How Millennials and Gen Z are Changing the Sports Experience
February 7, 2020
February 7, 2020
With comparisons between Millennials and Gen Z to the generations that have come before becoming a widespread pop-culture joke, it’s no surprise that Millennials and Gen Z have different wants and expectations from the sports that they follow. With new industries like esports rising up to the decline of the attendance of the younger generations at live sporting events – these new preferences are changing the face of sports as they have been. These conversations and more are taking place in the Sports Track during the SXSW Conference from March 13-16.
Franchises and networks have had to adapt strategies at a rapid pace to adjust to these changes in consumer attitudes – these sessions are breaking down how they’re changing for new generations.
Millennials and Gen Z Changing the Game, Literally
The adrenaline while watching live sports is real. There’s nothing like sitting on the edge of your seat and watching your favorite player score the winning goal, catch a pass near the end zone, or ace their opponent in the final match. Today, live TV streaming platforms are providing sports fans with a way to watch their favorite games without relying on traditional linear TV. While some streamers are partnering with leagues to raise awareness, others are partnering with players. How are streamers attracting fans through strategic and authentic sports partnerships? What do OTT live sports streaming look like? Game, Set, Match: The Rise of Streamers in Sports will look at how streaming services are tapping into live sports in creative and breakthrough ways and the hurdles that currently exist within the industry with Pamela Duckworth (fuboTV), Jacob Feldman, Megan Rapinoe (USWNT), and Michael Schneider (Hulu).
Gen Z sports fandom is different from any generation before. They no longer solely follow teams – they instead identify with the athletes themselves – and are more likely to root for the person, no matter the team. Gen Z is looking for a new crop of contemporary role models who are inspirational yet relatable. Athletes now create their own individual media brands through their social platforms. Learn how to create multi-dimensional content utilizing athletes, to touch on passion points that are appealing to Gen Z’s action-oriented mindset from former NFL player Anthony “Spice” Adams, Michael Cohen, president of Whistle, an entertainment and sports media company, Harish Sarma, global strategic partnerships & corporate development at TikTok, and Jaymee Messler, co-founder of (co)laboratory in From the Field to the Screen: Casting Athletes.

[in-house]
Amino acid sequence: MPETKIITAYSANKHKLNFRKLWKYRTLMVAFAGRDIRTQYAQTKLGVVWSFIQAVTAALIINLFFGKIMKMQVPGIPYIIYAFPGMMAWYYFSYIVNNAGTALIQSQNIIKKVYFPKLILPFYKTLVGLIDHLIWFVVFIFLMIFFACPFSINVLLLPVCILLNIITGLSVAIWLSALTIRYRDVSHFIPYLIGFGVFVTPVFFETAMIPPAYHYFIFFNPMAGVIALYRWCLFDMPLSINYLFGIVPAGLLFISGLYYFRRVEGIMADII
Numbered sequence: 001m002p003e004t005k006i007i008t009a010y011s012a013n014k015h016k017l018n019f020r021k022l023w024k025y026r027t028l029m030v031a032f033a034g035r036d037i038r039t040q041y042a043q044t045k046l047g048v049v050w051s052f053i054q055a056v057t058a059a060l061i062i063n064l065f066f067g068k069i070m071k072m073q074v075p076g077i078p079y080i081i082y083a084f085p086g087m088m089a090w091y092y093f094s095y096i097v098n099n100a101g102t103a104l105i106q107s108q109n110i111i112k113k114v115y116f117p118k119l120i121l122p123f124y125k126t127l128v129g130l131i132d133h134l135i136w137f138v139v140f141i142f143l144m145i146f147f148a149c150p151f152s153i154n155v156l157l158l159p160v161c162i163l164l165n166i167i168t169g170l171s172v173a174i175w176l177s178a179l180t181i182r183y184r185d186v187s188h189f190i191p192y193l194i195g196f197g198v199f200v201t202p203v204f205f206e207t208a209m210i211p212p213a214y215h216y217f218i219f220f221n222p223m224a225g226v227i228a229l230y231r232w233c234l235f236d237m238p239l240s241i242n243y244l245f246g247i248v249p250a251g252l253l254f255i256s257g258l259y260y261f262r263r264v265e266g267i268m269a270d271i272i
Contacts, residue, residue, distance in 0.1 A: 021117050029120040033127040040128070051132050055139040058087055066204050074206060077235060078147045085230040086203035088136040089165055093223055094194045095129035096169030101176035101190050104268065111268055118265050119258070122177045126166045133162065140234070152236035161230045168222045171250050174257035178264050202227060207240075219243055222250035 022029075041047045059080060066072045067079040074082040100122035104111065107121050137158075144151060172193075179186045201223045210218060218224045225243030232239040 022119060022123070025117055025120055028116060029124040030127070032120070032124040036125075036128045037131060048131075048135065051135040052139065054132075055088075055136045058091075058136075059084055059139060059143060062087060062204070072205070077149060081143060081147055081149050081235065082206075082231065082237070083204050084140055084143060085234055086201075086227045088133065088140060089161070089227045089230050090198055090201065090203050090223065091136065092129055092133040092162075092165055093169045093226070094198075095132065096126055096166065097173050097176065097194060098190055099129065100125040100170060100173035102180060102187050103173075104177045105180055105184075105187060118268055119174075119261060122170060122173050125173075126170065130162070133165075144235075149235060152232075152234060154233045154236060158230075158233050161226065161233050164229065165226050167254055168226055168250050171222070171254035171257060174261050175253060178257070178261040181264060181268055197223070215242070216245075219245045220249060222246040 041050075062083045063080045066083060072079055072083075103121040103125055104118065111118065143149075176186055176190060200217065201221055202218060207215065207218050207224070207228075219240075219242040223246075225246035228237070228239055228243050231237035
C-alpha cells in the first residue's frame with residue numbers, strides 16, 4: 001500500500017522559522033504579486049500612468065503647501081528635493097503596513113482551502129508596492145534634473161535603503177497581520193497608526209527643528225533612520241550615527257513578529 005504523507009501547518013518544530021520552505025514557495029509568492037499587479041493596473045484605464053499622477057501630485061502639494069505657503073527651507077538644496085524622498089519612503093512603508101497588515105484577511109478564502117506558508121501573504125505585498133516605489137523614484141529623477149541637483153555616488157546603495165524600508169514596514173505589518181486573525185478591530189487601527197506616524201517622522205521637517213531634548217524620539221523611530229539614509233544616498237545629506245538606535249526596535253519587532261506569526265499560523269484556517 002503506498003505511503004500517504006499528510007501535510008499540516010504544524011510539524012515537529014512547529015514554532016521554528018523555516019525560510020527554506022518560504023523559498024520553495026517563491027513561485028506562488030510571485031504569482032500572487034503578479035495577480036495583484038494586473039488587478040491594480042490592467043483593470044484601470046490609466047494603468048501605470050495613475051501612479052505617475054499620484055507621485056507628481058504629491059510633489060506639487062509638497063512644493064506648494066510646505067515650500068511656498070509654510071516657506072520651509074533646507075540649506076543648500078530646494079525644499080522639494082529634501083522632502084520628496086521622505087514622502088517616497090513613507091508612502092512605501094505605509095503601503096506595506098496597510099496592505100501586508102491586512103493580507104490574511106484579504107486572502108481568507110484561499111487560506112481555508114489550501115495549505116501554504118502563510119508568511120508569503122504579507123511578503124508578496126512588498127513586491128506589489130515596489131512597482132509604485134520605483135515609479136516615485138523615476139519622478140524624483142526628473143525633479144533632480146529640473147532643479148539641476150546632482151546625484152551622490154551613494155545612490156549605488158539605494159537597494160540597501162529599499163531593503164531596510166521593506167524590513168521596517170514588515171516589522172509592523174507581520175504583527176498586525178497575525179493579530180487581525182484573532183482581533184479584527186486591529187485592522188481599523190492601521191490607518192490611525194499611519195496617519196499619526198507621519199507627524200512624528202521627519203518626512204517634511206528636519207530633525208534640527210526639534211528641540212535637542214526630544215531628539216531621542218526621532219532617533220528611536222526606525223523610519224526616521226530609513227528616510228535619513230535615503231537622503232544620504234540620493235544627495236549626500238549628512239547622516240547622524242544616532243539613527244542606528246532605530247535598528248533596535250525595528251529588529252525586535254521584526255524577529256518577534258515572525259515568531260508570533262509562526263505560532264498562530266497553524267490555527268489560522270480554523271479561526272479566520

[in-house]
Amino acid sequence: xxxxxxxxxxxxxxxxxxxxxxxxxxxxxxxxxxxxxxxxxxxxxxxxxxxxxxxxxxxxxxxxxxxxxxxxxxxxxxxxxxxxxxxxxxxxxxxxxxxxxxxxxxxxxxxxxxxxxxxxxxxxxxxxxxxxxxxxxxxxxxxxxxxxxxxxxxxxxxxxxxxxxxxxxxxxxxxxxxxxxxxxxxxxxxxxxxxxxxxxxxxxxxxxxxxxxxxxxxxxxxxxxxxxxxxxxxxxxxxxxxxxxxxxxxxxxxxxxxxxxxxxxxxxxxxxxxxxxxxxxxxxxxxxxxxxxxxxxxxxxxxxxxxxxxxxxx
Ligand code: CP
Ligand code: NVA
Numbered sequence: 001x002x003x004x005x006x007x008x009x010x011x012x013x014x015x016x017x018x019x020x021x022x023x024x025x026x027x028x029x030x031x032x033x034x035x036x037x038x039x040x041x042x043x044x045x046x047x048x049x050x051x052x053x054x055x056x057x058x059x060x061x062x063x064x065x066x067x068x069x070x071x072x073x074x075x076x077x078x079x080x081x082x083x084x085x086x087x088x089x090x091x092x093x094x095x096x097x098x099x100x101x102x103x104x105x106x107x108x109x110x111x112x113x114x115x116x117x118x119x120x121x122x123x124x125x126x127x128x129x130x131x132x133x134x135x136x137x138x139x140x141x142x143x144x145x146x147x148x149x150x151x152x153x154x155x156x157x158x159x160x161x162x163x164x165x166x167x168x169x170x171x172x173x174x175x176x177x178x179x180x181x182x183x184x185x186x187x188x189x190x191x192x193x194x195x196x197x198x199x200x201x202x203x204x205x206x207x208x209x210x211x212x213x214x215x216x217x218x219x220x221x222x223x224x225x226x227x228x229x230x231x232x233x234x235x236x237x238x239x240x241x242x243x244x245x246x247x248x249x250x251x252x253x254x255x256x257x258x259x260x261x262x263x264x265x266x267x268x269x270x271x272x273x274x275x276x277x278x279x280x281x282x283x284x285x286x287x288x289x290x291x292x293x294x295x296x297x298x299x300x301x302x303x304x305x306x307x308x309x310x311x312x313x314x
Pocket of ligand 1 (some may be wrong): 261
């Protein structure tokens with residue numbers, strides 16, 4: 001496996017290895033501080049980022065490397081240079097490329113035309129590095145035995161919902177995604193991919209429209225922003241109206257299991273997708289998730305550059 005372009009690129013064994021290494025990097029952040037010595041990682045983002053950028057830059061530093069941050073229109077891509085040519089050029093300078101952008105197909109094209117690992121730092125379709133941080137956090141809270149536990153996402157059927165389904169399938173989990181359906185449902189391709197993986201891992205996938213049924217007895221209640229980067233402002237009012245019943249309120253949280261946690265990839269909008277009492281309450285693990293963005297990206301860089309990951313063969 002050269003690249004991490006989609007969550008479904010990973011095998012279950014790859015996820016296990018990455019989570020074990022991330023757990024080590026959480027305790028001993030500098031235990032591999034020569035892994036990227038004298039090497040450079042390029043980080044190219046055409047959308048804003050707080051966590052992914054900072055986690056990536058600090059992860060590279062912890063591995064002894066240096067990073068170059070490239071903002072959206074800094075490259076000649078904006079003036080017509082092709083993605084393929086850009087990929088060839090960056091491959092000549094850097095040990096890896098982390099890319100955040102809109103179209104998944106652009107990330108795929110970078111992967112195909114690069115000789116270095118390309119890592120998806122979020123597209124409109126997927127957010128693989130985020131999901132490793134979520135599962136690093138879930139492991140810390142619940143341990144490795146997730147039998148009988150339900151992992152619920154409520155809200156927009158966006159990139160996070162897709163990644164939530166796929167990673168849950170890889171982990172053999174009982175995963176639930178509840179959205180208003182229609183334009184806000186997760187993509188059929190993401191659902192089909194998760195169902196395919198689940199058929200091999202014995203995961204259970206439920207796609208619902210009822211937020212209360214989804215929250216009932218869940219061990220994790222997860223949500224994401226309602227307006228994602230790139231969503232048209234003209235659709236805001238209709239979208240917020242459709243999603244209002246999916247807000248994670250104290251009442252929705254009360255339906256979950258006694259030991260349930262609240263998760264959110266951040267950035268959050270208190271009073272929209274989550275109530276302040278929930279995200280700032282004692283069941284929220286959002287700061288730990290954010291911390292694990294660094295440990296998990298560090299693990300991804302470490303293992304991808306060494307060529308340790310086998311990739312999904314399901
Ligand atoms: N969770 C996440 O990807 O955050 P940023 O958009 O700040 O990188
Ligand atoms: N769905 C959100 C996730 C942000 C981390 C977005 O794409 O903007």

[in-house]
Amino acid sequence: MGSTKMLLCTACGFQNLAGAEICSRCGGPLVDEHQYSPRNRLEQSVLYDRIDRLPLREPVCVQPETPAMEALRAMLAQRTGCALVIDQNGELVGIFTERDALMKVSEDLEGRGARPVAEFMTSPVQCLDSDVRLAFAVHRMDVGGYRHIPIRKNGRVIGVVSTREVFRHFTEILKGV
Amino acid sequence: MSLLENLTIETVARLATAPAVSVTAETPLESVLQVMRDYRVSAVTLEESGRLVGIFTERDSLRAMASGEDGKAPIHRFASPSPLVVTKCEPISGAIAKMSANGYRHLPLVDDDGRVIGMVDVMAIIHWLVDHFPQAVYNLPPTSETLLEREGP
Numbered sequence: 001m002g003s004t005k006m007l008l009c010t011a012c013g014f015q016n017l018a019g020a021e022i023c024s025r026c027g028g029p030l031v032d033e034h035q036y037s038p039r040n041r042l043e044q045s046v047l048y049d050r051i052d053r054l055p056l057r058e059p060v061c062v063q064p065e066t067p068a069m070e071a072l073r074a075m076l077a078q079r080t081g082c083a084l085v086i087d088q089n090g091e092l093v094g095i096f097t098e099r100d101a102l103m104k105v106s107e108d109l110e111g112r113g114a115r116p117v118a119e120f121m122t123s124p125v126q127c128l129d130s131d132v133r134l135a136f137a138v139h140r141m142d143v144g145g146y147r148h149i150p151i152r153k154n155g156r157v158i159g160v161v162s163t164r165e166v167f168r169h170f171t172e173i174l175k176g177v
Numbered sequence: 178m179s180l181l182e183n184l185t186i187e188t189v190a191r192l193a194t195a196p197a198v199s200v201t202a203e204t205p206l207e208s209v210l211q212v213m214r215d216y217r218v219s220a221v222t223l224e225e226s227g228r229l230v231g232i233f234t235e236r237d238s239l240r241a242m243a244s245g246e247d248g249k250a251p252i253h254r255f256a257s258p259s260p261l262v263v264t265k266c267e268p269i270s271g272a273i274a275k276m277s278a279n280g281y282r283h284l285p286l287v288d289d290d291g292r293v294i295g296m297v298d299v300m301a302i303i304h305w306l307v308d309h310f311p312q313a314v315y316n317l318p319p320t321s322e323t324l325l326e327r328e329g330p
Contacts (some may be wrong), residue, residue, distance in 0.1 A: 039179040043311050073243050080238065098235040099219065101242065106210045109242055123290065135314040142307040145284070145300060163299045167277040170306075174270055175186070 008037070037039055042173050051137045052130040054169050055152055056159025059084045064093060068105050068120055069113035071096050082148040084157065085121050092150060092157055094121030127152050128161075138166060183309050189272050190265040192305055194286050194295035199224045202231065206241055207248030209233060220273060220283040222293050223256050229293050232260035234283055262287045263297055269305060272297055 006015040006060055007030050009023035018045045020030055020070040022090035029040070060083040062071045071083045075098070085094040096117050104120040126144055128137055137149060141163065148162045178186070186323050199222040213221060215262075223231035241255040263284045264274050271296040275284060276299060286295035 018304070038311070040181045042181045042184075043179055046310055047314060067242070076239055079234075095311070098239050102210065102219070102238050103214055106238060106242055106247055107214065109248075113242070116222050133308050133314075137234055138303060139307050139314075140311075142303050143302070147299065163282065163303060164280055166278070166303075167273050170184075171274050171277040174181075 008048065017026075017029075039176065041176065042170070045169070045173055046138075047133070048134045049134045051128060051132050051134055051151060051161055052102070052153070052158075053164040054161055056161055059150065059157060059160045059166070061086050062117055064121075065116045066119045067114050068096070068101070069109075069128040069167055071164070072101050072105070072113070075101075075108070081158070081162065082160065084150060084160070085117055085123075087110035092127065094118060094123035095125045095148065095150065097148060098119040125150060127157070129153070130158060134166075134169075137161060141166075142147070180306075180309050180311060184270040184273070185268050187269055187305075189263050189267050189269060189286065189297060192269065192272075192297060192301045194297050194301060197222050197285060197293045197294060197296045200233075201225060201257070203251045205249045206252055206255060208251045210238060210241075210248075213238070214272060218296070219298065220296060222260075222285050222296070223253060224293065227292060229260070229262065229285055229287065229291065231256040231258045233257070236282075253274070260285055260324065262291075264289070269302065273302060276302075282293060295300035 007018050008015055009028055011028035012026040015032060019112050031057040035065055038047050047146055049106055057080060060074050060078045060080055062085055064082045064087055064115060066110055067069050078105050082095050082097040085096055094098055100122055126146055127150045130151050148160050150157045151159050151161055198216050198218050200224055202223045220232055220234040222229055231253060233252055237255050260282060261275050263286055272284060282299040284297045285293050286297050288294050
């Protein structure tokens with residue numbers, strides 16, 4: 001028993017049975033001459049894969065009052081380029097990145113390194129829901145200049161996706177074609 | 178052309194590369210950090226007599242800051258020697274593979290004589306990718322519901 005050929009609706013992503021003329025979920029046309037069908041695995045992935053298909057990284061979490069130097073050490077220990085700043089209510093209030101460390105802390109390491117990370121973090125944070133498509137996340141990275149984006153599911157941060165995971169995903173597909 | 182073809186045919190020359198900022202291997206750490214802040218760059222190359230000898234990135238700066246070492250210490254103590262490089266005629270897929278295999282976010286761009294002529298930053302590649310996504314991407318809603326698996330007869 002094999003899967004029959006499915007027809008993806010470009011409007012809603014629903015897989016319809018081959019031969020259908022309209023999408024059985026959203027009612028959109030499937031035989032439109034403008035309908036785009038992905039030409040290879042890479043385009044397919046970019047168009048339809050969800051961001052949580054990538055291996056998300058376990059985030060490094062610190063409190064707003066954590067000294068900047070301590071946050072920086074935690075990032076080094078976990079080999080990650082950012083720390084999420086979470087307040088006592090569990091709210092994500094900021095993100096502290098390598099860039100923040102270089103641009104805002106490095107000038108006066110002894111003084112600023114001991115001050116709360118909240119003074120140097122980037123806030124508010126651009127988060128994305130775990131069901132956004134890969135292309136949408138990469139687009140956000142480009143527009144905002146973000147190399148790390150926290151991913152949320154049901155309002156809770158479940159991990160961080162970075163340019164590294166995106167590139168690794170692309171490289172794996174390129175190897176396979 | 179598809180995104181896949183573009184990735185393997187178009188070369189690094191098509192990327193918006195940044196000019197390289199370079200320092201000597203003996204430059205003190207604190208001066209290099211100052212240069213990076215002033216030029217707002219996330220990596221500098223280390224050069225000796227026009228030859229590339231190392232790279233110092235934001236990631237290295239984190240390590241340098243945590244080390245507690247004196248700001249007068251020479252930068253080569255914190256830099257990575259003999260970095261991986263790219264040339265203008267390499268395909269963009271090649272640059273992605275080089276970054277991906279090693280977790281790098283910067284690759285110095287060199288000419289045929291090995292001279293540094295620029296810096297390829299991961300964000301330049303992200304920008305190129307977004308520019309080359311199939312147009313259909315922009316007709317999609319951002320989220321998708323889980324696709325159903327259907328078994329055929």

Over the last decade, millennial sports fans have contributed to a decrease in live TV ratings and attendance at live events – instead opting for highlights, web analysis, podcasts, or other media they can consume for free. When they do arrive, they are often distracted, using personal devices to engage with the team and stadium and stay up to date with friends. If millennials are the generation that values experiences – one study found that 75% value experiences over material items – why the decline in live sports? Sideline Action: What Millennial Fans Want From Live Sports features Jacob Feldman, Brad Griffith (Gametime), Anne Marie Rowe (Boston Red Sox), and Michael Williams (3ice) and explores potential causes, what young fans actually want out of their live events, and strategies applicable to teams and venues across leagues to get fans off the couch and back into the stadium.
Browse More Sports Track Sessions
For more sessions that cover the trajectory of longtime favorites as well as new sensations in the face of new tech and enthusiastic fans, browse through the Sports sessions.
Browse all sessions on the SXSW Schedule and add events to your Favorites list to start planning your SX adventure.
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Featured Image by Travis Lilley
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